We refer to gut feelings by names like instinct or hunch. It’s the capacity to understand something without using conscious thinking. You may receive answers and solutions yet be unaware of how or why.
It’s easy to dismiss your instincts in the age of big data. In research, intuition is typically disregarded as supernatural or untrustworthy. While intuition can be flawed, studies suggest that coupling gut impulses with logical reasoning helps you make quicker, better, and more precise judgments. It gives you more certainty in your decisions than depending just on intellect. This is especially true if you’re overthinking something or if there isn’t a single clear-cut, “right” alternative.
According to surveys of top management, the majority of leaders use feelings and experience while dealing with crises. Even the United States Navy has spent millions to assist sailors and Marines to improve their sixth sense, since intuition may outperform intelligence in high-stakes circumstances like combat.
Your Gut Feelings: The Science Behind Them
Intuition has a deep foundation in neurology. Scientists refer to the stomach as the “second brain.” Your digestive system is lined with a network of 100 million neurons. Your gut has more neurons than the spinal cord, indicating the gut’s remarkable processing skills.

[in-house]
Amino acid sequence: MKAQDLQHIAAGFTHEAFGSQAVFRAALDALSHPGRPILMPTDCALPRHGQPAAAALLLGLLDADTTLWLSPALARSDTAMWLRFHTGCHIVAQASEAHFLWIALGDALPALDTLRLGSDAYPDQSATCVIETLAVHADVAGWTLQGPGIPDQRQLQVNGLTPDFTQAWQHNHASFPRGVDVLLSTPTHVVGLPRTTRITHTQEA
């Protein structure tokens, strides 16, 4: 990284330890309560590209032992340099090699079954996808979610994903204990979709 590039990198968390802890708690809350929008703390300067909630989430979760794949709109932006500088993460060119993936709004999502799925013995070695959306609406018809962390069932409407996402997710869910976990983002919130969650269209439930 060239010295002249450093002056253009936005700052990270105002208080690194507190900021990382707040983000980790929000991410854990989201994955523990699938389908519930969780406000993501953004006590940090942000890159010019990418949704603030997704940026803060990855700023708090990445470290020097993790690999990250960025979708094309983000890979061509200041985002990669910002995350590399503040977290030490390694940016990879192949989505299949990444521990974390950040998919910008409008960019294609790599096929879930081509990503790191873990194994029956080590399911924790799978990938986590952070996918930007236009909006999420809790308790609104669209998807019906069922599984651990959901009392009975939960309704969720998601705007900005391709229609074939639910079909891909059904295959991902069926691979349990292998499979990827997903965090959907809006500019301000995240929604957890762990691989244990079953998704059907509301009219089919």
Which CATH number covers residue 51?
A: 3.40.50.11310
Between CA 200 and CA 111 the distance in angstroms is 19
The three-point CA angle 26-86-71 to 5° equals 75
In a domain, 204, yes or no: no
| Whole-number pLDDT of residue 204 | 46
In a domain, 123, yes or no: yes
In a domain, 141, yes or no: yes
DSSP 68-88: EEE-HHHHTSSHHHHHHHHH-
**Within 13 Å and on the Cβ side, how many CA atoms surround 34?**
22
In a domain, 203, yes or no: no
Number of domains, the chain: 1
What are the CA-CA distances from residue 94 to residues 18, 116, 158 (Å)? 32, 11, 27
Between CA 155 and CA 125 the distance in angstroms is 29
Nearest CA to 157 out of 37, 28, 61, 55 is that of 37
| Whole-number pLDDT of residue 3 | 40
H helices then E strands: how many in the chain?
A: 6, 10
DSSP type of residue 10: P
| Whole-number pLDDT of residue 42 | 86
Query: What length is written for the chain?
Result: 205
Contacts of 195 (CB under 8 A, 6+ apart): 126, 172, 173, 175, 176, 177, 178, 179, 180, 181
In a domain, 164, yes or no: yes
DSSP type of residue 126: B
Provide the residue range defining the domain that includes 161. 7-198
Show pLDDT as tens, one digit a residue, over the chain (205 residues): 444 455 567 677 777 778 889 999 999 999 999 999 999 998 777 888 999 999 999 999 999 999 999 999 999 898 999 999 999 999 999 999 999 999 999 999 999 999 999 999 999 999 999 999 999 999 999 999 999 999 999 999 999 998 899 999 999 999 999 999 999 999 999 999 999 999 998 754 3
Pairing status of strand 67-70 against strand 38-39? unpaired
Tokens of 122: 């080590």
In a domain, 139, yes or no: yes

When you approach a choice instinctively, your brain and gut work together to swiftly examine all of your memories, prior learnings, personal requirements, and inclinations, and then make the best option given the circumstances. In this sense, intuition is an experiential and emotional data point that leaders must respect.
Even if you aren’t actively engaging your intuition, you are most likely reaping its rewards daily. We know what it’s like to have a pit in your stomach. That’s your gut telling you something. For example, studying your direct reports’ tone of voice and facial expressions help you to detect when they’re disengaged. Similarly, performing a gut check on a product design might help guide your creative process.
How to Use Your Intuition to Make Better Decisions
People who describe themselves as extremely sensitive have more prominent gut sensations than most but are discouraged from using this sensory information. High sensitivity helps us to see, process, and synthesize information, especially knowledge about the emotional worlds of others. This shows that your intuition is better developed than other people’s since you are continually adding fresh information to your bank of knowledge about the world and yourself. The only complication is that you’ve been conditioned to underestimate your strength.
Intuition can be enhanced by deliberate practice just like any other muscle. Here are a few tips for using your intuition as a decision-making tool.
Distinguish gut feeling from fear
Fear is frequently associated with body sensations of confinement or minimization. You may feel stiff, desperate, or anxious. Fear has an energy that pushes as if you’re attempting to force anything or choosing an alternative to escape punishment, threat, or rejection. Fear is also governed by self-critical ideas that drive you to withdraw, submit, or sacrifice yourself.